Theyâ€™ve given me fifteen minutes and a keyboard.
Idiots. They have no idea how foolish I can look in fifteen minutes.
To begin –
We waste age.
Illusions ingrained by social messaging permeate our culture. Social, political, economic, religious – every aspect of our timid existence dims beneath clouds of delusion. Social-programming paints belief on a foundation of idolized youth and fear of aging and death. Media and dogma reinforce fear with hope; hope we avoid appearing aged; hope and promises that we transcend Death.
Make no mistake. We will age. We will die. Deny this simple truth until the eleventh hour when nothing more can be done. It matters not. You will age until you fall into darkness. Only in darkness does aging cease.
Ranking differences between young and old, putting one above the other, sets the stage for social folly. Fear of aging prevents transition of middle-age roles into old-age roles. At fifty, we avoid the question â€œAre we ready to be sixty.â€ because we tremble at the thought of sixty. We do not spend time preparing ourselves to become elders.
The young justifiably perceive the powerful-old as barriers and the subservient-old as over. Not because the old lack assets to share but because the powerful-old refuse to share and the subservient-old do not know what to share. Our culture places little value on lessons learned and less value on passing our wisdom to the next generation. Instead, old-timers, clinging to the past, demand obedience and subservience of young-adults condemned to eternal childhood.
Peter Pan never threatened to take over the corner office.
Trying to avoid being over, old-timers cling desperately to achievements of time past. Defying reason, they refuse roles as mentors. The old push the young away hoping distance will delay advancing generations; generations that must replace them. The old who hold power legislate young adults to children, and deny these children of advanced age liberties inalienable to young adults.
In our society, the old feel material goods, a trivial value relative to life lessons, enough to give back. In return for loans, cash and promised estates parents insist on obedience, dependence and obligation.
Our society refuses to nurture a concept of transformation from learner to teacher – the natural journey from naive, insatiable curiosity to vessel of wisdom; from questioning and study to teaching and coaching.
Old adults blame the young adults.
â€œThe young do not listen.â€
Why should they? Old adults ask for obedience and respect not because theyâ€™ve earned it but because they are old.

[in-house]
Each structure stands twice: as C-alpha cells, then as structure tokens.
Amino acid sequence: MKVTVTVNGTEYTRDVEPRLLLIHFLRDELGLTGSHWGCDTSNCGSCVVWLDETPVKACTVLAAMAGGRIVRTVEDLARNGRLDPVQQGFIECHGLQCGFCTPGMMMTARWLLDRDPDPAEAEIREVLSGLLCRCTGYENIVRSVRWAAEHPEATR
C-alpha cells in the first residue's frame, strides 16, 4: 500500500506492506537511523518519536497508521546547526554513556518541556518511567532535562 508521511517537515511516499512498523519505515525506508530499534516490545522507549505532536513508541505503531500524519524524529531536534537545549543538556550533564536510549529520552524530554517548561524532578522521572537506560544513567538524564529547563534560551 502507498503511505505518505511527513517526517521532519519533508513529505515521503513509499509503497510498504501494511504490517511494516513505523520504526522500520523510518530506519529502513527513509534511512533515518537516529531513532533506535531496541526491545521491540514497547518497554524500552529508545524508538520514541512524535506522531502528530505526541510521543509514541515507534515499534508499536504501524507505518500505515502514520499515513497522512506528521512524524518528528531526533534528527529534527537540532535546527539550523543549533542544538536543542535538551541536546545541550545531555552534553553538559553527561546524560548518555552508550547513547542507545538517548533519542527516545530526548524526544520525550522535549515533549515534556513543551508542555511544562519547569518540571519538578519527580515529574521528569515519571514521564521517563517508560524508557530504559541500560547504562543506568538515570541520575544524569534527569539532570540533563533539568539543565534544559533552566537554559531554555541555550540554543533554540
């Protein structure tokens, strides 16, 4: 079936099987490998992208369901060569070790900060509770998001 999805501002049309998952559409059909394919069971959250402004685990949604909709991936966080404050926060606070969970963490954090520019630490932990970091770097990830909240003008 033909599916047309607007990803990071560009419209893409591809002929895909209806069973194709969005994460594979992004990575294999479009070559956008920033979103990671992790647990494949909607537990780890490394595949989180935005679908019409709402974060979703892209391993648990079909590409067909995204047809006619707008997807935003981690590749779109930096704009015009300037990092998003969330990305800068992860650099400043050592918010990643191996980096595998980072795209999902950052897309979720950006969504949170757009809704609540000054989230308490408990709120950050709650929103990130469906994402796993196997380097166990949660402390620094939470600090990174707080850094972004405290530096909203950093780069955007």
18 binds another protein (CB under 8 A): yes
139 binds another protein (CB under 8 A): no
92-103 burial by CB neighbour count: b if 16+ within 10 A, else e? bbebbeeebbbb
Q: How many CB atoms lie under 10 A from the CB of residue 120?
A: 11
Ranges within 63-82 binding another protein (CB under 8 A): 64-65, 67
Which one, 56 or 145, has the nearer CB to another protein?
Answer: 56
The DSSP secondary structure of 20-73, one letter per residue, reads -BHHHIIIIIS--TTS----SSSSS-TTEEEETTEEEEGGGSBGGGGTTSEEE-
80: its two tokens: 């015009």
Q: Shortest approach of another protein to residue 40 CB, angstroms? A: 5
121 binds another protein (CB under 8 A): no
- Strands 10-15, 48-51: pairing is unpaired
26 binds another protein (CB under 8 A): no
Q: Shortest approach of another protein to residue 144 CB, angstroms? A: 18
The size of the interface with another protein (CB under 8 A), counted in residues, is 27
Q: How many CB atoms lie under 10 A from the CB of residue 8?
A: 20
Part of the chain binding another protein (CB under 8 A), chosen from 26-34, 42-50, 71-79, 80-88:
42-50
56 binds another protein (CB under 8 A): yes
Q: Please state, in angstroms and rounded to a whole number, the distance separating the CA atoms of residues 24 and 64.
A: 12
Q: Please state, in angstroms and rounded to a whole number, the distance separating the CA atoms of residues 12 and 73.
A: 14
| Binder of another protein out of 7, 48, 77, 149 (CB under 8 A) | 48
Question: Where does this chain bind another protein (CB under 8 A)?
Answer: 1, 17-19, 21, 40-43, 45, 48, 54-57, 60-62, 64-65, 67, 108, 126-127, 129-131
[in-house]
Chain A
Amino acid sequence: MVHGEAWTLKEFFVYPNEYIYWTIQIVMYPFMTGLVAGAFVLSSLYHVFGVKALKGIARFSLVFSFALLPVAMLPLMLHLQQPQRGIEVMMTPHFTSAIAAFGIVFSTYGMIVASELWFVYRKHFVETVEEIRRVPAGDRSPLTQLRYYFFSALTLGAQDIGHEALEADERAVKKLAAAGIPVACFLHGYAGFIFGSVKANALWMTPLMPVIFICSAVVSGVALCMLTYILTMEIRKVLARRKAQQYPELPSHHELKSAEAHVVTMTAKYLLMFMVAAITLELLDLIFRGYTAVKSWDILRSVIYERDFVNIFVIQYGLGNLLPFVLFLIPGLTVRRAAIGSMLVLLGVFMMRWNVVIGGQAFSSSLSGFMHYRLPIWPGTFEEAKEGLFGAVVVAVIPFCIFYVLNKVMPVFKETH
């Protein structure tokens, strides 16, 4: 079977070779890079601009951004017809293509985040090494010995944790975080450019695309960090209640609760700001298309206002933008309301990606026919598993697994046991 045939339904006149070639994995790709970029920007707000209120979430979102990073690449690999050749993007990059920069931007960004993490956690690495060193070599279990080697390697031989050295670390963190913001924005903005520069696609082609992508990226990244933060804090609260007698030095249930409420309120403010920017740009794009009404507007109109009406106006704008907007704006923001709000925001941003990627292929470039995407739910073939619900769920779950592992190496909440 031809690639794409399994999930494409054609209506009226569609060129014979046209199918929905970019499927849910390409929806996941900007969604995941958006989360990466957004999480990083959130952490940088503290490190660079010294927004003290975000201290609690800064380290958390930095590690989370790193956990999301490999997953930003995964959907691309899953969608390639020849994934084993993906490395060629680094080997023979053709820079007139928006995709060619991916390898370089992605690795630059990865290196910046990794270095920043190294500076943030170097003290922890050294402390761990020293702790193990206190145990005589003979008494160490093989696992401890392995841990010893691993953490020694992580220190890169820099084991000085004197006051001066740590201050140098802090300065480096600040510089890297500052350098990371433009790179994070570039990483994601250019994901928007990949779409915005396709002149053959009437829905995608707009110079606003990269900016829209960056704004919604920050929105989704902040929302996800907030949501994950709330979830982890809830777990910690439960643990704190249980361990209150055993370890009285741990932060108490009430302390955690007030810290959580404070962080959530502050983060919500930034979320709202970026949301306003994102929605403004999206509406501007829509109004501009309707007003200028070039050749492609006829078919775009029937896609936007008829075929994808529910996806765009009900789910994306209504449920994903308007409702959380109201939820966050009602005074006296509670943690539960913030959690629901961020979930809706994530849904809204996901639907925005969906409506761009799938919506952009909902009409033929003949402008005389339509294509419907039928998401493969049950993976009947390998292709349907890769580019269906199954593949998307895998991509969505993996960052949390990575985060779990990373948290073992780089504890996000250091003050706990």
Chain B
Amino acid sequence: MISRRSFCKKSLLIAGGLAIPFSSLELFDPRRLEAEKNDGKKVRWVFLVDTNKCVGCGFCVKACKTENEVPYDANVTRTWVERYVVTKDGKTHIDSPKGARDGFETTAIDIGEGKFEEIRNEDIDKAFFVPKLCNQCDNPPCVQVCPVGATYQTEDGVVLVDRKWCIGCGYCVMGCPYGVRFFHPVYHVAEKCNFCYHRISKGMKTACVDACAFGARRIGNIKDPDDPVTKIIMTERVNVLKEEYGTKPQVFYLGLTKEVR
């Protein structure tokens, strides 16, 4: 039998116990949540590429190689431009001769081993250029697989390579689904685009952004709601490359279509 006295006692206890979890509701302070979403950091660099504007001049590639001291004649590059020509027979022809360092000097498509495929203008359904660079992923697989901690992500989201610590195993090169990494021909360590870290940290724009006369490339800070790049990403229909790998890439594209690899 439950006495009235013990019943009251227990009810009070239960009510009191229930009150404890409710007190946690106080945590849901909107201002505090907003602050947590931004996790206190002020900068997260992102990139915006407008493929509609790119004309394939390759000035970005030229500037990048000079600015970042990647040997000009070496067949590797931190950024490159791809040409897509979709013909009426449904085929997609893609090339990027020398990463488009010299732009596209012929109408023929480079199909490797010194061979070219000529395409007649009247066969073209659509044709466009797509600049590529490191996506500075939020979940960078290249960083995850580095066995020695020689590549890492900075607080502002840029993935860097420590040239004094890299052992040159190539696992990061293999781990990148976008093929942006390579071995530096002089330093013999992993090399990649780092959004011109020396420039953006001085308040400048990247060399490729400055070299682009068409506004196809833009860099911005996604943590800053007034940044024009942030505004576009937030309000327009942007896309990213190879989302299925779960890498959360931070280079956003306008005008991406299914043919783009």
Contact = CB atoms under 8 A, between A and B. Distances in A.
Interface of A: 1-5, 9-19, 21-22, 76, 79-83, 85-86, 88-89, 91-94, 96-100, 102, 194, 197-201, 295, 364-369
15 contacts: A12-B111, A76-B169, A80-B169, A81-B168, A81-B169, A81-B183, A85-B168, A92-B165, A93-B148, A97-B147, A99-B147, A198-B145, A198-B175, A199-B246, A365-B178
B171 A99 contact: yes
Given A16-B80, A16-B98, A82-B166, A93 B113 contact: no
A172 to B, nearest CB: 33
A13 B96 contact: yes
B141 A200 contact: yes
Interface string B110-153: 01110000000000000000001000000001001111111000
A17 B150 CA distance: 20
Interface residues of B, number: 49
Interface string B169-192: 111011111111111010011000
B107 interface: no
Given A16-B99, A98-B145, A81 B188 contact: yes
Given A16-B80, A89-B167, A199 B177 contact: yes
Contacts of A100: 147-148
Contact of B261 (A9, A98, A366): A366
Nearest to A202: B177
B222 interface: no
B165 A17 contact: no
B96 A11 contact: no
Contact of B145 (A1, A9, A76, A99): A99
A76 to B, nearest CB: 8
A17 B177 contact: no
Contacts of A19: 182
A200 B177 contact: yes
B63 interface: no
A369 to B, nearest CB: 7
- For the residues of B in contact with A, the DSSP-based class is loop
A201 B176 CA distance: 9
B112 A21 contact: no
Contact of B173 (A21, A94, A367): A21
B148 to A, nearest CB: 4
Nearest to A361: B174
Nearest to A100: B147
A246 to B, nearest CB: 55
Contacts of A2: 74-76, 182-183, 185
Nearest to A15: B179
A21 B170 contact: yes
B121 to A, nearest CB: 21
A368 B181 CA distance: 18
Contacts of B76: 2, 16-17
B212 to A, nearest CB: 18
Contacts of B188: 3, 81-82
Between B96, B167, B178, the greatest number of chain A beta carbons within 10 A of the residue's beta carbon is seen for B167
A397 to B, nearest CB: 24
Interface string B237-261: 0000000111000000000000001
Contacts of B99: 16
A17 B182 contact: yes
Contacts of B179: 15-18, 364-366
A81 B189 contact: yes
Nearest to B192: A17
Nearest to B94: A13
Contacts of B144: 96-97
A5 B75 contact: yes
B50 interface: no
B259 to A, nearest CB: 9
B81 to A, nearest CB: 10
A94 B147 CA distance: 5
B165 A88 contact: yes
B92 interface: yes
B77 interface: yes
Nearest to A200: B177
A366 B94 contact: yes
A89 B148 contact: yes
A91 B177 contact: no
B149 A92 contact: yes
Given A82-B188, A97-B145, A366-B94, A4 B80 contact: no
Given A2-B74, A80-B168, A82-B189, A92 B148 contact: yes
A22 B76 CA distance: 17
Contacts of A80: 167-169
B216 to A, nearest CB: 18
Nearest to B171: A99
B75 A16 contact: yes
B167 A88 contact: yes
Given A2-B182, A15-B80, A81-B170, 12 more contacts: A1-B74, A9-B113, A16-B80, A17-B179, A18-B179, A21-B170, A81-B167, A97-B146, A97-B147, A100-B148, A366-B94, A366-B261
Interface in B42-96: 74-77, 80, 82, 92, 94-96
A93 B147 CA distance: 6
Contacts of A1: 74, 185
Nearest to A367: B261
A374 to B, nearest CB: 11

â€œWe did everything for you.â€
Before we ask the young to listen, we need to make room for them to get comfortable; let them sit in our chair, take our desks and occupy our offices. The young want to get on with their lives. We need to let them live, make decisions, succeed where they succeed and fail where they fail.
At sixty, we come to a time for sharing life lessons. Share, not tell. If someone listens, good, they listen. If not, oh well, not. Share without expectation. The next generation, with or without our input, must make their own mistakes. Our role is to point out the rough, not to swing the club.
Failing to point out the rough spots, we fail as old adults more than young adults fail by not listening.
Fifteen minutes and the keyboard are gone. So much more to say. No more time.
This post contains a thing I wrote as part of Trust30. Trust30 is a 30 day writing challenge that has something to do with Seth Godin. Click on the banner at the top of the page to learn more.
I do not usually participate in challenges. Why I signed up for this one, I cannot say. Maybe I thought it would end writers block.
Now I feel committed. And as I write this, I am a day behind.
The first day results disappoint me, which is why I post a day late. I had to get the courage to post this (writers block?)
I easily found something to say but the way I said it, bah. The challenge asked for a story. I started with story language but quickly regressed to philosophy, opinion and public whinging.
Treating it as stream of consciousness, in contrast to essay or narrative, makes it less embarrassing.
ageism forms the basis of this post and though I feel I cheat to do so, I have a few additional points to make about ageism.
Ageism is real. More real for some than others.
I indulge in an ageism of sorts with this post. I have the right. I am old.
Ageism differs from career path to career path. In politics ageism seems absent. Given the state of politics, some ageism might be desirable.
I hear peers complain about ageism and agree it is not fair. But it was not fair how easily, as clean shaven white guys, many of us climbed the social ladder when we were young.
We fail to create ourselves into good examples of older adults. Our society does not nurture a good model for relationships between young adults and old adults. As a result old adults cling to youth, try to protect roles assumed in middle age and refuse to mature into mentors, gurus and sages. Ageism results. This, I hope, came across in my story.
I hoped to get across the idea that people older than 55 have value, but the value might not be what they think it is. I am not sure this came across.
Â© 2011 Chrome Poet